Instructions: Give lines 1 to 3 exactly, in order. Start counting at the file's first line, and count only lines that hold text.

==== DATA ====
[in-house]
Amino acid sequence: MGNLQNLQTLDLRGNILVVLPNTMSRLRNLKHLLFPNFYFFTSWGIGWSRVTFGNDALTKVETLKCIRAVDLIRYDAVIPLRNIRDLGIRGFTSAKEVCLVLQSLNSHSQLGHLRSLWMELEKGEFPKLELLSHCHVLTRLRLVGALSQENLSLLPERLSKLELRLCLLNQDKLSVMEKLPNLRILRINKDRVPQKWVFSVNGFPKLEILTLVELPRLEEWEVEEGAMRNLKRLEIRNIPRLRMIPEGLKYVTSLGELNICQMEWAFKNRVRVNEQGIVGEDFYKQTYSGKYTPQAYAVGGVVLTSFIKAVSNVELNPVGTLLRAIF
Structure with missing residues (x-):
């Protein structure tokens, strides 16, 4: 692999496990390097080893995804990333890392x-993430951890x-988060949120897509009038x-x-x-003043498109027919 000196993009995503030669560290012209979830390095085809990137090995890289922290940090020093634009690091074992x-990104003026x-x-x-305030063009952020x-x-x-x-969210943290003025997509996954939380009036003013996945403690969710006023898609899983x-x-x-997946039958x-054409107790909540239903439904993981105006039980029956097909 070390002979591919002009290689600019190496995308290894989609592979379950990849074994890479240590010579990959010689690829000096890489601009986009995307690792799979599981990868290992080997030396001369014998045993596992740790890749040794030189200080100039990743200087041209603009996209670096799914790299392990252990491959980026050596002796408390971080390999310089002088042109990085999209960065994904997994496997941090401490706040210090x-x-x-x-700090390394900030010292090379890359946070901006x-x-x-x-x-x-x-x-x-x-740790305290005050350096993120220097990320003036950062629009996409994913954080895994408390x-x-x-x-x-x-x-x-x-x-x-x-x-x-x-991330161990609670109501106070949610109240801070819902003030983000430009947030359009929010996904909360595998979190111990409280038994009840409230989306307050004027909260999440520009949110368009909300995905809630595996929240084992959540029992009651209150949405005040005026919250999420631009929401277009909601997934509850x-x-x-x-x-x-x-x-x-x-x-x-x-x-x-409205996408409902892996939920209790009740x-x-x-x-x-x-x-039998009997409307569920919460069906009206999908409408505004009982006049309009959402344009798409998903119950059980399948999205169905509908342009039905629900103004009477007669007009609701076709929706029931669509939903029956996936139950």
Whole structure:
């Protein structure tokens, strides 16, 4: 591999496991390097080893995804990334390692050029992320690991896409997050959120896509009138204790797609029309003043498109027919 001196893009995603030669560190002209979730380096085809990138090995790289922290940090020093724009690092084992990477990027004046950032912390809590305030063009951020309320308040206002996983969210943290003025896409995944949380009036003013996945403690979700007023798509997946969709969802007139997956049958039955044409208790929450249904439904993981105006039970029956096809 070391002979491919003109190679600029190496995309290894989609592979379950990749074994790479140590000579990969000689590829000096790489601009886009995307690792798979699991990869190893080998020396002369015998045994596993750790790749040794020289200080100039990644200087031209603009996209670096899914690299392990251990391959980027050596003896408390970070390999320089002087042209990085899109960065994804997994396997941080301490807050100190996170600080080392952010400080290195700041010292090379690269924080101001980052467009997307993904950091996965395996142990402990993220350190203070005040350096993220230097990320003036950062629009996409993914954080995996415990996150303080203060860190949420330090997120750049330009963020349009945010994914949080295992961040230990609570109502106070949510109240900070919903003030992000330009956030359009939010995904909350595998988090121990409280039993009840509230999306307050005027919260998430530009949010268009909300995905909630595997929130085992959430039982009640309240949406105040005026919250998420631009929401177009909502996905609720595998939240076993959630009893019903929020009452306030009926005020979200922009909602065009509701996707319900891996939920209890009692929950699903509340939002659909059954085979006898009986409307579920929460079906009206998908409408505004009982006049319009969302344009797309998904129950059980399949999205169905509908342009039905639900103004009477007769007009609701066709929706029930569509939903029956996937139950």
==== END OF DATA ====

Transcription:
[in-house]
Amino acid sequence: MGNLQNLQTLDLRGNILVVLPNTMSRLRNLKHLLFPNFYFFTSWGIGWSRVTFGNDALTKVETLKCIRAVDLIRYDAVIPLRNIRDLGIRGFTSAKEVCLVLQSLNSHSQLGHLRSLWMELEKGEFPKLELLSHCHVLTRLRLVGALSQENLSLLPERLSKLELRLCLLNQDKLSVMEKLPNLRILRINKDRVPQKWVFSVNGFPKLEILTLVELPRLEEWEVEEGAMRNLKRLEIRNIPRLRMIPEGLKYVTSLGELNICQMEWAFKNRVRVNEQGIVGEDFYKQTYSGKYTPQAYAVGGVVLTSFIKAVSNVELNPVGTLLRAIF
Structure with missing residues (x-):